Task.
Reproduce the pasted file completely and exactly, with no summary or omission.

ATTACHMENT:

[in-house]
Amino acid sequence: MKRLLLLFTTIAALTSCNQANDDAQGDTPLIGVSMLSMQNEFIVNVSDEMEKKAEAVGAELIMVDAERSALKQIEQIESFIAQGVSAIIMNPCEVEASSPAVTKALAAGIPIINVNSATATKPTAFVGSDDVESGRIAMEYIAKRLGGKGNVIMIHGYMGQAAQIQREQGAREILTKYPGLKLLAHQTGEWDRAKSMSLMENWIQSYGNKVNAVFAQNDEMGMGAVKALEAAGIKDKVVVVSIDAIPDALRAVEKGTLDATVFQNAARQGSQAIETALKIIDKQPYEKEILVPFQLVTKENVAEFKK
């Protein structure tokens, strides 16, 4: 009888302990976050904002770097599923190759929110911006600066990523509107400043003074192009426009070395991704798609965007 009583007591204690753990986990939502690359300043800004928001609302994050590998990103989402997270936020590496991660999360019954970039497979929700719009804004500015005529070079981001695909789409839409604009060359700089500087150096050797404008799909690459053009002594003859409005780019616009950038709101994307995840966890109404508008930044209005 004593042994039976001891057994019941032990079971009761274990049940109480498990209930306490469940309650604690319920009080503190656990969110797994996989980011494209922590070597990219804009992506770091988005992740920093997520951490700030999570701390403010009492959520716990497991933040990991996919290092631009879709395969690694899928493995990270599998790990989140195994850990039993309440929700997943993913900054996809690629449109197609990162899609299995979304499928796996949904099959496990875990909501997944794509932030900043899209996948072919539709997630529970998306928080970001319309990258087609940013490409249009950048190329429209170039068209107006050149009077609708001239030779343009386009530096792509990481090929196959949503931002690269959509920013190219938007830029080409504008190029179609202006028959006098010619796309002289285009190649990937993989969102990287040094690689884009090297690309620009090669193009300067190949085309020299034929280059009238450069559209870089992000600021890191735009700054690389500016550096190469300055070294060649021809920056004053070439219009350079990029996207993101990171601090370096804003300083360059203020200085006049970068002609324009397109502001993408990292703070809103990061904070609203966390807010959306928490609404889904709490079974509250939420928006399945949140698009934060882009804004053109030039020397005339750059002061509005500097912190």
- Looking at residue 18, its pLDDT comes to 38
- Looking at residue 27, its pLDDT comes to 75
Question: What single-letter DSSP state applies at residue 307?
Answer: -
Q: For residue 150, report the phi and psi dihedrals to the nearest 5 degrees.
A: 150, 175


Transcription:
[in-house]
Amino acid sequence: MKRLLLLFTTIAALTSCNQANDDAQGDTPLIGVSMLSMQNEFIVNVSDEMEKKAEAVGAELIMVDAERSALKQIEQIESFIAQGVSAIIMNPCEVEASSPAVTKALAAGIPIINVNSATATKPTAFVGSDDVESGRIAMEYIAKRLGGKGNVIMIHGYMGQAAQIQREQGAREILTKYPGLKLLAHQTGEWDRAKSMSLMENWIQSYGNKVNAVFAQNDEMGMGAVKALEAAGIKDKVVVVSIDAIPDALRAVEKGTLDATVFQNAARQGSQAIETALKIIDKQPYEKEILVPFQLVTKENVAEFKK
């Protein structure tokens, strides 16, 4: 009888302990976050904002770097599923190759929110911006600066990523509107400043003074192009426009070395991704798609965007 009583007591204690753990986990939502690359300043800004928001609302994050590998990103989402997270936020590496991660999360019954970039497979929700719009804004500015005529070079981001695909789409839409604009060359700089500087150096050797404008799909690459053009002594003859409005780019616009950038709101994307995840966890109404508008930044209005 004593042994039976001891057994019941032990079971009761274990049940109480498990209930306490469940309650604690319920009080503190656990969110797994996989980011494209922590070597990219804009992506770091988005992740920093997520951490700030999570701390403010009492959520716990497991933040990991996919290092631009879709395969690694899928493995990270599998790990989140195994850990039993309440929700997943993913900054996809690629449109197609990162899609299995979304499928796996949904099959496990875990909501997944794509932030900043899209996948072919539709997630529970998306928080970001319309990258087609940013490409249009950048190329429209170039068209107006050149009077609708001239030779343009386009530096792509990481090929196959949503931002690269959509920013190219938007830029080409504008190029179609202006028959006098010619796309002289285009190649990937993989969102990287040094690689884009090297690309620009090669193009300067190949085309020299034929280059009238450069559209870089992000600021890191735009700054690389500016550096190469300055070294060649021809920056004053070439219009350079990029996207993101990171601090370096804003300083360059203020200085006049970068002609324009397109502001993408990292703070809103990061904070609203966390807010959306928490609404889904709490079974509250939420928006399945949140698009934060882009804004053109030039020397005339750059002061509005500097912190």
- Looking at residue 18, its pLDDT comes to 38
- Looking at residue 27, its pLDDT comes to 75
Question: What single-letter DSSP state applies at residue 307?
Answer: -
Q: For residue 150, report the phi and psi dihedrals to the nearest 5 degrees.
A: 150, 175